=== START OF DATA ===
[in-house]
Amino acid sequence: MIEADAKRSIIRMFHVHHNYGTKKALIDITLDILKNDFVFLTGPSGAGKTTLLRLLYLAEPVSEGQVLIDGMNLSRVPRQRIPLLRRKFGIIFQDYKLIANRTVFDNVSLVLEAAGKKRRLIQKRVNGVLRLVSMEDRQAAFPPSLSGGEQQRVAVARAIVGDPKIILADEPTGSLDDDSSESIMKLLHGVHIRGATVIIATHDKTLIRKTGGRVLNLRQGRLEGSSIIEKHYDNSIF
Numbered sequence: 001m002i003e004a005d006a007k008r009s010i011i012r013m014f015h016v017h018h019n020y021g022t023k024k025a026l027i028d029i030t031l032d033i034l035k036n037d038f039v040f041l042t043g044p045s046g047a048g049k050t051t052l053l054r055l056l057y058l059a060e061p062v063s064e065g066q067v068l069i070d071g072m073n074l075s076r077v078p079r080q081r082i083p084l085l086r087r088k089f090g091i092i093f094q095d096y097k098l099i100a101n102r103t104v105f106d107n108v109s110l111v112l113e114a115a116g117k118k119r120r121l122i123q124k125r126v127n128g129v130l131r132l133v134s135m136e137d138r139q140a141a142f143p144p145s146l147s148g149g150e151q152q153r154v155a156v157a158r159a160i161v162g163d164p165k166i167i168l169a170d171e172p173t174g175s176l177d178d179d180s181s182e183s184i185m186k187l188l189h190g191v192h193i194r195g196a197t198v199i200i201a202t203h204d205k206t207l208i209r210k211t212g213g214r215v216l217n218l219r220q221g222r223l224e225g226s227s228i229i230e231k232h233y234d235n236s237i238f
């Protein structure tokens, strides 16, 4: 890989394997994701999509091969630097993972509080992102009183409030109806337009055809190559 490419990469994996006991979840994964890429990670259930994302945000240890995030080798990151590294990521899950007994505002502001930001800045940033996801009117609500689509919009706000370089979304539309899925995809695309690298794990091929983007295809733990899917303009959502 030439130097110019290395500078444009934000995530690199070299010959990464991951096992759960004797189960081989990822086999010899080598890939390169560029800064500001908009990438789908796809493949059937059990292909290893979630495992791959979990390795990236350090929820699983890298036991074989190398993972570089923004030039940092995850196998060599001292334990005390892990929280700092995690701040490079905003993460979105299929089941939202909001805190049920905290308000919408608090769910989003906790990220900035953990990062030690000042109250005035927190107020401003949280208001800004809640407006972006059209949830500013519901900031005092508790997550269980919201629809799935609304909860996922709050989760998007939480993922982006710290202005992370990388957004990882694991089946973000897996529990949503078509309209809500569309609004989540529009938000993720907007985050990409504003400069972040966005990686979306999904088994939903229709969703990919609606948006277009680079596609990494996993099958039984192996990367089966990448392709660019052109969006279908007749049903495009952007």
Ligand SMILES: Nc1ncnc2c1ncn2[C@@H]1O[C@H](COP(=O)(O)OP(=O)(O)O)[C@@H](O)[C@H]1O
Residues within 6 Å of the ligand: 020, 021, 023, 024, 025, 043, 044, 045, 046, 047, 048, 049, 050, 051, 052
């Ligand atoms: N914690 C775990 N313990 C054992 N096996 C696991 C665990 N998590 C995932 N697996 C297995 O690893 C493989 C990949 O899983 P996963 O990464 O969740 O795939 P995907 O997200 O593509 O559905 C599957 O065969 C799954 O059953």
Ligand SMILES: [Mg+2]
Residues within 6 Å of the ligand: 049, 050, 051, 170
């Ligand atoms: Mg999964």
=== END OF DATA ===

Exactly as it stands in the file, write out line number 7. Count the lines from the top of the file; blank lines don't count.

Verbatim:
């Ligand atoms: N914690 C775990 N313990 C054992 N096996 C696991 C665990 N998590 C995932 N697996 C297995 O690893 C493989 C990949 O899983 P996963 O990464 O969740 O795939 P995907 O997200 O593509 O559905 C599957 O065969 C799954 O059953």